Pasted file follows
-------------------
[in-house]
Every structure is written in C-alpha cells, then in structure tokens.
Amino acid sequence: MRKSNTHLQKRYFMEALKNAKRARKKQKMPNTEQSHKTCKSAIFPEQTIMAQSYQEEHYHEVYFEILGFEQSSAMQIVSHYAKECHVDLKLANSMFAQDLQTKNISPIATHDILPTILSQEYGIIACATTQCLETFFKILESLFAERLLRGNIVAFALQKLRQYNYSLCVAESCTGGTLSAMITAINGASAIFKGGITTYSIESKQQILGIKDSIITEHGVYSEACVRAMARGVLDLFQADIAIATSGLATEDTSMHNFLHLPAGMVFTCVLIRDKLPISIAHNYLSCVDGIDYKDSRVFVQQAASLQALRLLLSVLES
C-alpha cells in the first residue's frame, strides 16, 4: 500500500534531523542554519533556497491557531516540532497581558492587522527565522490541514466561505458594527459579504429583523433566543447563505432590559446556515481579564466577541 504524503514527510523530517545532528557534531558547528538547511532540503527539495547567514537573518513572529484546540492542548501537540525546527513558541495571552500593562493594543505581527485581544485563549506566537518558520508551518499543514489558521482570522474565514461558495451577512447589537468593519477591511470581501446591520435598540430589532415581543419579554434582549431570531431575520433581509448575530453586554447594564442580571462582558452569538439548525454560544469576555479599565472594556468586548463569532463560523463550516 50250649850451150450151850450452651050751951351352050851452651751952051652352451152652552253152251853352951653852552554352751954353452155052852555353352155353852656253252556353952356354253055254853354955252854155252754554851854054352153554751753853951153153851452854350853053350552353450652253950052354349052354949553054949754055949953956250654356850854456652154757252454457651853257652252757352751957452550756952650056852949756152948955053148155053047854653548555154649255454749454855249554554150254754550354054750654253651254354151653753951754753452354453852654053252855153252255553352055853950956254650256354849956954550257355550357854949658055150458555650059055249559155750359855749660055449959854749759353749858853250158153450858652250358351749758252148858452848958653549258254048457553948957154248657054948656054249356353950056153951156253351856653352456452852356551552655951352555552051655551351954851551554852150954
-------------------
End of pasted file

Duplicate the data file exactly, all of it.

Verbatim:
[in-house]
Every structure is written in C-alpha cells, then in structure tokens.
Amino acid sequence: MRKSNTHLQKRYFMEALKNAKRARKKQKMPNTEQSHKTCKSAIFPEQTIMAQSYQEEHYHEVYFEILGFEQSSAMQIVSHYAKECHVDLKLANSMFAQDLQTKNISPIATHDILPTILSQEYGIIACATTQCLETFFKILESLFAERLLRGNIVAFALQKLRQYNYSLCVAESCTGGTLSAMITAINGASAIFKGGITTYSIESKQQILGIKDSIITEHGVYSEACVRAMARGVLDLFQADIAIATSGLATEDTSMHNFLHLPAGMVFTCVLIRDKLPISIAHNYLSCVDGIDYKDSRVFVQQAASLQALRLLLSVLES
C-alpha cells in the first residue's frame, strides 16, 4: 500500500534531523542554519533556497491557531516540532497581558492587522527565522490541514466561505458594527459579504429583523433566543447563505432590559446556515481579564466577541 504524503514527510523530517545532528557534531558547528538547511532540503527539495547567514537573518513572529484546540492542548501537540525546527513558541495571552500593562493594543505581527485581544485563549506566537518558520508551518499543514489558521482570522474565514461558495451577512447589537468593519477591511470581501446591520435598540430589532415581543419579554434582549431570531431575520433581509448575530453586554447594564442580571462582558452569538439548525454560544469576555479599565472594556468586548463569532463560523463550516 50250649850451150450151850450452651050751951351352050851452651751952051652352451152652552253152251853352951653852552554352751954353452155052852555353352155353852656253252556353952356354253055254853354955252854155252754554851854054352153554751753853951153153851452854350853053350552353450652253950052354349052354949553054949754055949953956250654356850854456652154757252454457651853257652252757352751957452550756952650056852949756152948955053148155053047854653548555154649255454749454855249554554150254754550354054750654253651254354151653753951754753452354453852654053252855153252255553352055853950956254650256354849956954550257355550357854949658055150458555650059055249559155750359855749660055449959854749759353749858853250158153450858652250358351749758252148858452848958653549258254048457553948957154248657054948656054249356353950056153951156253351856653352456452852356551552655951352555552051655551351954851551554852150954